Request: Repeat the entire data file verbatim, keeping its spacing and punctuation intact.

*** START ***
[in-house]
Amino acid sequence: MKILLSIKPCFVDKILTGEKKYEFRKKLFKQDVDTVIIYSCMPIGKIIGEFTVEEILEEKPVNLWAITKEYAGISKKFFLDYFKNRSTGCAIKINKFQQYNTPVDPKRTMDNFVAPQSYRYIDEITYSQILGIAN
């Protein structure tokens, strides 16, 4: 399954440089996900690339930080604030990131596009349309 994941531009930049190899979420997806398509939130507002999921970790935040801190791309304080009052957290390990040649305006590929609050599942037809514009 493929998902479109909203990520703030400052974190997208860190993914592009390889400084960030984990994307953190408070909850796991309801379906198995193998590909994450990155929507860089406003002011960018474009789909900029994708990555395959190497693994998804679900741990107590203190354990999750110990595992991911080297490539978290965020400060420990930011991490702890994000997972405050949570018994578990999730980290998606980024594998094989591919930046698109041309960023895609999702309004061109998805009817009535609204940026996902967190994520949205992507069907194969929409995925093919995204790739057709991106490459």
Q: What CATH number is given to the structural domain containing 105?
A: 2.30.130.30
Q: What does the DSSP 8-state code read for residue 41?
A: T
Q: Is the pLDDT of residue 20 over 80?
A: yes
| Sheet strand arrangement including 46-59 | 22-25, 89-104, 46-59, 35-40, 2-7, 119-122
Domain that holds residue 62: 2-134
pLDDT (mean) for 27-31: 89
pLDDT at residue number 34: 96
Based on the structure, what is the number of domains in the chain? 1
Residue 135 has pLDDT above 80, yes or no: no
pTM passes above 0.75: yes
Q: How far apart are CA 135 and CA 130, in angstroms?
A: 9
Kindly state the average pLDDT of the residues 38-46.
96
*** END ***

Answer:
[in-house]
Amino acid sequence: MKILLSIKPCFVDKILTGEKKYEFRKKLFKQDVDTVIIYSCMPIGKIIGEFTVEEILEEKPVNLWAITKEYAGISKKFFLDYFKNRSTGCAIKINKFQQYNTPVDPKRTMDNFVAPQSYRYIDEITYSQILGIAN
């Protein structure tokens, strides 16, 4: 399954440089996900690339930080604030990131596009349309 994941531009930049190899979420997806398509939130507002999921970790935040801190791309304080009052957290390990040649305006590929609050599942037809514009 493929998902479109909203990520703030400052974190997208860190993914592009390889400084960030984990994307953190408070909850796991309801379906198995193998590909994450990155929507860089406003002011960018474009789909900029994708990555395959190497693994998804679900741990107590203190354990999750110990595992991911080297490539978290965020400060420990930011991490702890994000997972405050949570018994578990999730980290998606980024594998094989591919930046698109041309960023895609999702309004061109998805009817009535609204940026996902967190994520949205992507069907194969929409995925093919995204790739057709991106490459």
Q: What CATH number is given to the structural domain containing 105?
A: 2.30.130.30
Q: What does the DSSP 8-state code read for residue 41?
A: T
Q: Is the pLDDT of residue 20 over 80?
A: yes
| Sheet strand arrangement including 46-59 | 22-25, 89-104, 46-59, 35-40, 2-7, 119-122
Domain that holds residue 62: 2-134
pLDDT (mean) for 27-31: 89
pLDDT at residue number 34: 96
Based on the structure, what is the number of domains in the chain? 1
Residue 135 has pLDDT above 80, yes or no: no
pTM passes above 0.75: yes
Q: How far apart are CA 135 and CA 130, in angstroms?
A: 9
Kindly state the average pLDDT of the residues 38-46.
96